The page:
This section of the report will provide a rolling three month update on a monthly basis of the state of the climatic and ecological indicators used in monitoring areas at risk to RVF activity. These indicators include, global SST anomalies patterns, Equatorial Western Indian Ocean (WIO) and Eastern Pacific Ocean (EPO: NINO 3.4) SST anomalies, Southern Oscillation Index (SOI) and Outgoing Longwave Radiation (OLR) anomalies, Rainfall and anomalies, Normalized Difference Vegetation index anomalies and RVF risk map for Africa and the Arabian Peninsula.
1. SOI and SST Indices
The SOI index remained negative with a value of -1.0 in November indicating persistence of below normal conditions as has been the case since July 2014. Monthly SST anomalies in all NINO monitoring regions have increased, with NINO3.4 SST anomalies at ~ +0.85°C in November. The western Indian Ocean also continued recent warming pattern, with the WIO SST index at +0.45°C indicating the prevalence of warmer than normal conditions over these ocean basins. Even though above-average sea surface temperatures (SST) (below) and in all the NINO regions of the equatorial eastern equatorial Pacific continued during November and 2014 exhibited are features characteristic of El Niño conditions, the overall atmospheric circulation has yet to show a clear coupling to the anomalously warm waters as such the combined atmospheric and oceanic state remains in ENSO-neutral state. As in the last three months, nearly all model forecasts predict El Niño conditions during the November-January 2014-15 period. If El Niño fully emerges, the prediction consensus favors a weak event, with an 65% chance of El Niño conditions during the Northern Hemisphere winter, which are expected to last into the Northern Hemisphere spring 2015.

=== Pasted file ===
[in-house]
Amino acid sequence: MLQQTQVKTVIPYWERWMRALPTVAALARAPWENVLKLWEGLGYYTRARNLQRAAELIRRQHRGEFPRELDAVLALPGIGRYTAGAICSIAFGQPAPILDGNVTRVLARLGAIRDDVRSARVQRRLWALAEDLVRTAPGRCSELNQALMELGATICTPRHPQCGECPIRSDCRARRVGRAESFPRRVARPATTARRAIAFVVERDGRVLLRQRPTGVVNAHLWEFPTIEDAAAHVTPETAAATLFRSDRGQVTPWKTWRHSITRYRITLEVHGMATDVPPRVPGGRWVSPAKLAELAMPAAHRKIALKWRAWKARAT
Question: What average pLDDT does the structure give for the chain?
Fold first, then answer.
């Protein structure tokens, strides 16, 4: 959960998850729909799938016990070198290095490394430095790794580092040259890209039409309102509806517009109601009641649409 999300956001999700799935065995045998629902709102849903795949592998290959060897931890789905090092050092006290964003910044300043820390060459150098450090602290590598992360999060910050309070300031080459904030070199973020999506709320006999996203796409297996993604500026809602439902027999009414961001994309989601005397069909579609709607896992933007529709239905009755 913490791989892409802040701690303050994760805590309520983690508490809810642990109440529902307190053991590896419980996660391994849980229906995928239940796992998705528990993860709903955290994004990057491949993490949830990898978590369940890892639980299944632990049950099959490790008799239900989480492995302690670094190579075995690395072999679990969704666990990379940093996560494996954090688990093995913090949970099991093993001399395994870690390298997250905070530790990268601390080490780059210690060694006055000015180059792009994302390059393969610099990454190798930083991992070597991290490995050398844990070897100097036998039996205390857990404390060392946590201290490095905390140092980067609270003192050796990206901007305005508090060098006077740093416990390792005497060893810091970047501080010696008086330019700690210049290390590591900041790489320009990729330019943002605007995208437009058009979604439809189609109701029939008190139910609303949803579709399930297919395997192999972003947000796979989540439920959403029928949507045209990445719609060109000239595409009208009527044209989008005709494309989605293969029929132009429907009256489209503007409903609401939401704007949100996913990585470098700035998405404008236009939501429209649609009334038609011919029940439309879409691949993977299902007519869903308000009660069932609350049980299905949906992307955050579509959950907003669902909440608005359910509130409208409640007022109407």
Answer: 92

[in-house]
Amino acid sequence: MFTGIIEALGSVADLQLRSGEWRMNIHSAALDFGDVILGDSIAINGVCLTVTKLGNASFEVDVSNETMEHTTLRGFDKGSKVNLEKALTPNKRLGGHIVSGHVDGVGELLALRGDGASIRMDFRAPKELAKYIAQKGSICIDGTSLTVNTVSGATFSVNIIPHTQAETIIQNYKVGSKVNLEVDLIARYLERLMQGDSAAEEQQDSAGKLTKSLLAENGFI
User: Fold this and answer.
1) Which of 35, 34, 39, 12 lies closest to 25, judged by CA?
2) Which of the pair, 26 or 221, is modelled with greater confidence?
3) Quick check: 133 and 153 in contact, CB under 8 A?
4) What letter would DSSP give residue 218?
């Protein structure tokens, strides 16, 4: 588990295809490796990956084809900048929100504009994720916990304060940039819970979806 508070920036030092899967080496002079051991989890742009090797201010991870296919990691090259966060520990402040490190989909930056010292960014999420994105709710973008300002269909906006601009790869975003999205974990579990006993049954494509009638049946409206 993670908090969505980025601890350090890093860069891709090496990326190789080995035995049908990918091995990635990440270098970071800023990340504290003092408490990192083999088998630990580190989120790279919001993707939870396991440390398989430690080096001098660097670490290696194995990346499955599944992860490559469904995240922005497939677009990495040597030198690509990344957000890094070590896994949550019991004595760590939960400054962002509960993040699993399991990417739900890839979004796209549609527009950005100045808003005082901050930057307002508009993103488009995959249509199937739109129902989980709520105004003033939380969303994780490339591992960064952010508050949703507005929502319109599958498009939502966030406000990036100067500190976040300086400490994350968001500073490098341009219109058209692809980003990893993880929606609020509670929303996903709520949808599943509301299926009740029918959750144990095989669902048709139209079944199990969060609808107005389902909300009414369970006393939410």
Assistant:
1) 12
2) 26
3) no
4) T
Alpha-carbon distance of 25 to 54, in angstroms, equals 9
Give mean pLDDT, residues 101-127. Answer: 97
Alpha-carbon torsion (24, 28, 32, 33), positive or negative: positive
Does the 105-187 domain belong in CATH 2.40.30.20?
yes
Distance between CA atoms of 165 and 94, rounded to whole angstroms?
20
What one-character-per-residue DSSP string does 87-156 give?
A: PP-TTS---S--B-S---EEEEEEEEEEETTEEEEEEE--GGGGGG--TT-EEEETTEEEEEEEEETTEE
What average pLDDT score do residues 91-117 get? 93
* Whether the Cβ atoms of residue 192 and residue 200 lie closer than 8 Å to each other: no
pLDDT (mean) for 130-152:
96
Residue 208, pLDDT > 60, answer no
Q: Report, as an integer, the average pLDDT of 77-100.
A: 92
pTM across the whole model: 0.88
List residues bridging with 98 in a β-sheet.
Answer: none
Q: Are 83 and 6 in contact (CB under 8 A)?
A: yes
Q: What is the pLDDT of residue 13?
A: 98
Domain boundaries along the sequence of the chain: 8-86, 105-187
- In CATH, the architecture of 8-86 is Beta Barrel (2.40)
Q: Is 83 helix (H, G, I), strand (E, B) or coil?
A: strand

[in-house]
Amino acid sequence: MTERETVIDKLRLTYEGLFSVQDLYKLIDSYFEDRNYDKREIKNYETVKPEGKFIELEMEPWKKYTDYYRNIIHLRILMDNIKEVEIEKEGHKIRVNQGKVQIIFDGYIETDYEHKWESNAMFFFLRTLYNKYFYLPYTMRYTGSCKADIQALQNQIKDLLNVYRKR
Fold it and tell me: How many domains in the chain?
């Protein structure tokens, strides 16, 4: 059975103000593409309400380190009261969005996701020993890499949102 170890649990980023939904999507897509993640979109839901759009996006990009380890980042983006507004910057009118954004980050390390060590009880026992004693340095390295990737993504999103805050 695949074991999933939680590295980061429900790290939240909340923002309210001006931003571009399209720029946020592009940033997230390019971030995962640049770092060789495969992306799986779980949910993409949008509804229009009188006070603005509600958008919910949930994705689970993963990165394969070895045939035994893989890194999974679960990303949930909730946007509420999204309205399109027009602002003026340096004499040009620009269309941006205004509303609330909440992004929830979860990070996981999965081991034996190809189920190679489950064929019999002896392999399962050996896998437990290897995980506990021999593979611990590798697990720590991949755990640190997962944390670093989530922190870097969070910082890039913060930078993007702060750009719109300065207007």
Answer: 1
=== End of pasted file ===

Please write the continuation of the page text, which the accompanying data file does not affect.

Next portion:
Cumulative NDVI anomalies for Africa for September to November 2014 2014 show positive anomalies concentrated over parts of central to eastern Sudan, Eritrea, eastern Ethiopia, northern Somalia, northern Kenya, Botswana and Namibia following the above normal rainfall in these areas in the last several months. The RVF risk map below was derived from thresholding NDVI anomaly data to detect areas persistent of above normal NDVI. Periods of widespread and prolonged heavy rainfall lead to flooding of dambos and anomalous green up in vegetation, creating ideal ecological conditions for the emergence RVF vectors. For the period September to November 2014, the RVF persistence model identifies isolated areas in Sudan and where ecological conditions would support the emergence of RVF vectors. Enhanced surveillance is advised in these areas. These locations have reported Cholera cases over the last few months due to flooding and poor sanitary conditions and recently reported cases of undiagnosed hemorrhagic fever.